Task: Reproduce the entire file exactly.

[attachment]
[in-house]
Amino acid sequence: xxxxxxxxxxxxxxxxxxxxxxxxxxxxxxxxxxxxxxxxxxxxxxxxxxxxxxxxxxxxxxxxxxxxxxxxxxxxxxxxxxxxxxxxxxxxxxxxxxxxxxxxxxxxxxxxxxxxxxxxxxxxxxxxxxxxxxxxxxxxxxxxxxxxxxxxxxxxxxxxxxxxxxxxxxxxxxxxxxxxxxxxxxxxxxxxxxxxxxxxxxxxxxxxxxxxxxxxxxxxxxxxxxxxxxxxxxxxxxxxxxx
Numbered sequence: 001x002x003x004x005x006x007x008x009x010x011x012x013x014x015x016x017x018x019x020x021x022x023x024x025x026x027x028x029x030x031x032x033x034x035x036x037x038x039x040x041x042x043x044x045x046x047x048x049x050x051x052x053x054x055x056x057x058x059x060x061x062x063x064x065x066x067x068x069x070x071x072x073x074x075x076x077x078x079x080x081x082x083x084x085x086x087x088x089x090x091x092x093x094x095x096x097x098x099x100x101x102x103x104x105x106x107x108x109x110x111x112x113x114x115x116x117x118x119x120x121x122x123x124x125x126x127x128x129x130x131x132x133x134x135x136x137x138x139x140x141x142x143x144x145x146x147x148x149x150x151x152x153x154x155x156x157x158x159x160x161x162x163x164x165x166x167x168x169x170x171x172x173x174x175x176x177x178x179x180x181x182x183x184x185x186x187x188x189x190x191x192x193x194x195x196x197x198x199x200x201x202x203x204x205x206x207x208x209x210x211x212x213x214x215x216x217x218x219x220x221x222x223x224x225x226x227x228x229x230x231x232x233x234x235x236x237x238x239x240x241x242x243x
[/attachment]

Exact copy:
[in-house]
Amino acid sequence: xxxxxxxxxxxxxxxxxxxxxxxxxxxxxxxxxxxxxxxxxxxxxxxxxxxxxxxxxxxxxxxxxxxxxxxxxxxxxxxxxxxxxxxxxxxxxxxxxxxxxxxxxxxxxxxxxxxxxxxxxxxxxxxxxxxxxxxxxxxxxxxxxxxxxxxxxxxxxxxxxxxxxxxxxxxxxxxxxxxxxxxxxxxxxxxxxxxxxxxxxxxxxxxxxxxxxxxxxxxxxxxxxxxxxxxxxxxxxxxxxxx
Numbered sequence: 001x002x003x004x005x006x007x008x009x010x011x012x013x014x015x016x017x018x019x020x021x022x023x024x025x026x027x028x029x030x031x032x033x034x035x036x037x038x039x040x041x042x043x044x045x046x047x048x049x050x051x052x053x054x055x056x057x058x059x060x061x062x063x064x065x066x067x068x069x070x071x072x073x074x075x076x077x078x079x080x081x082x083x084x085x086x087x088x089x090x091x092x093x094x095x096x097x098x099x100x101x102x103x104x105x106x107x108x109x110x111x112x113x114x115x116x117x118x119x120x121x122x123x124x125x126x127x128x129x130x131x132x133x134x135x136x137x138x139x140x141x142x143x144x145x146x147x148x149x150x151x152x153x154x155x156x157x158x159x160x161x162x163x164x165x166x167x168x169x170x171x172x173x174x175x176x177x178x179x180x181x182x183x184x185x186x187x188x189x190x191x192x193x194x195x196x197x198x199x200x201x202x203x204x205x206x207x208x209x210x211x212x213x214x215x216x217x218x219x220x221x222x223x224x225x226x227x228x229x230x231x232x233x234x235x236x237x238x239x240x241x242x243x